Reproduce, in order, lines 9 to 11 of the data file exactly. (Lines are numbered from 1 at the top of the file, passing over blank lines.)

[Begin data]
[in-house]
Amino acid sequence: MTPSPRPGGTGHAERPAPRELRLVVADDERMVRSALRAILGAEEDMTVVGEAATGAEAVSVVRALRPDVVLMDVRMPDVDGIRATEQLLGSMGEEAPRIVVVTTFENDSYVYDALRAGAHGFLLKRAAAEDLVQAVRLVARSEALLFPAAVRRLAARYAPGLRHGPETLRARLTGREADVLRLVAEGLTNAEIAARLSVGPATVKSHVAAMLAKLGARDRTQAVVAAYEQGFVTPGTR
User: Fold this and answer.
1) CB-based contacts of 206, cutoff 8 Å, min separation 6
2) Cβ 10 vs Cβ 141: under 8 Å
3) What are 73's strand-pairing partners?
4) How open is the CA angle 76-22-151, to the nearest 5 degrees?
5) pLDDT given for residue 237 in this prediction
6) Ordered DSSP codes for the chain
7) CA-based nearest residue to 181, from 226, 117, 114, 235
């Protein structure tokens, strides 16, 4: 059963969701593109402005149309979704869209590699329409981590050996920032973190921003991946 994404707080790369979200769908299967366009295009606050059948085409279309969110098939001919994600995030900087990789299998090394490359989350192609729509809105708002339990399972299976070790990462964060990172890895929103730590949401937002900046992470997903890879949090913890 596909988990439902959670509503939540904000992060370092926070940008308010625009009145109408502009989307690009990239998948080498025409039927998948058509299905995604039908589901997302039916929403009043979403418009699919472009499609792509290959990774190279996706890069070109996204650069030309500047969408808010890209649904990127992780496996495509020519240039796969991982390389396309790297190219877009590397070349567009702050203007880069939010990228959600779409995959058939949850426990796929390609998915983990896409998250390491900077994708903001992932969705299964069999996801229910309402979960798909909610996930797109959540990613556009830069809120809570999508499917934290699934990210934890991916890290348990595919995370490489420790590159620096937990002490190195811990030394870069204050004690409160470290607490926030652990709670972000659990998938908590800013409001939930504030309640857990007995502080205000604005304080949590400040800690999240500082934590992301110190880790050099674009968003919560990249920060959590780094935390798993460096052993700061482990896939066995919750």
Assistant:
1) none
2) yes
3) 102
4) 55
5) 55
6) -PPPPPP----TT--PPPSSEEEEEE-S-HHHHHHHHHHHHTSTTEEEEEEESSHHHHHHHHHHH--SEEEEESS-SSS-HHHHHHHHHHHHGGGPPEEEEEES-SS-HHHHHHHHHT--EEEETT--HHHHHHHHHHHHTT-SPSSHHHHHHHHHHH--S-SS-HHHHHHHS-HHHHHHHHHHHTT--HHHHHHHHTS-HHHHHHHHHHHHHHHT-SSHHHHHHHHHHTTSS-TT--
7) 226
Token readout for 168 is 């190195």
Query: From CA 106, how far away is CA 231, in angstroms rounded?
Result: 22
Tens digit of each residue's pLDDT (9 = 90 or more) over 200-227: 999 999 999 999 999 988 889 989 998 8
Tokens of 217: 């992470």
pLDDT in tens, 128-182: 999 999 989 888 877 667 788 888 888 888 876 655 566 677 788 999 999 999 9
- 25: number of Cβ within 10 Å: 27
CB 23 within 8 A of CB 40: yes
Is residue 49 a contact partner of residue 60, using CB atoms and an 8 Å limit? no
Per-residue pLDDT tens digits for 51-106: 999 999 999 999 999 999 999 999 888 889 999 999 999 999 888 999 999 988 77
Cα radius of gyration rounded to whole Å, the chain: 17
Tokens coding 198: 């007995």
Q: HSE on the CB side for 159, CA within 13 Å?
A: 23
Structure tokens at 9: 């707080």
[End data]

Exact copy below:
6) Ordered DSSP codes for the chain
7) CA-based nearest residue to 181, from 226, 117, 114, 235
């Protein structure tokens, strides 16, 4: 059963969701593109402005149309979704869209590699329409981590050996920032973190921003991946 994404707080790369979200769908299967366009295009606050059948085409279309969110098939001919994600995030900087990789299998090394490359989350192609729509809105708002339990399972299976070790990462964060990172890895929103730590949401937002900046992470997903890879949090913890 596909988990439902959670509503939540904000992060370092926070940008308010625009009145109408502009989307690009990239998948080498025409039927998948058509299905995604039908589901997302039916929403009043979403418009699919472009499609792509290959990774190279996706890069070109996204650069030309500047969408808010890209649904990127992780496996495509020519240039796969991982390389396309790297190219877009590397070349567009702050203007880069939010990228959600779409995959058939949850426990796929390609998915983990896409998250390491900077994708903001992932969705299964069999996801229910309402979960798909909610996930797109959540990613556009830069809120809570999508499917934290699934990210934890991916890290348990595919995370490489420790590159620096937990002490190195811990030394870069204050004690409160470290607490926030652990709670972000659990998938908590800013409001939930504030309640857990007995502080205000604005304080949590400040800690999240500082934590992301110190880790050099674009968003919560990249920060959590780094935390798993460096052993700061482990896939066995919750």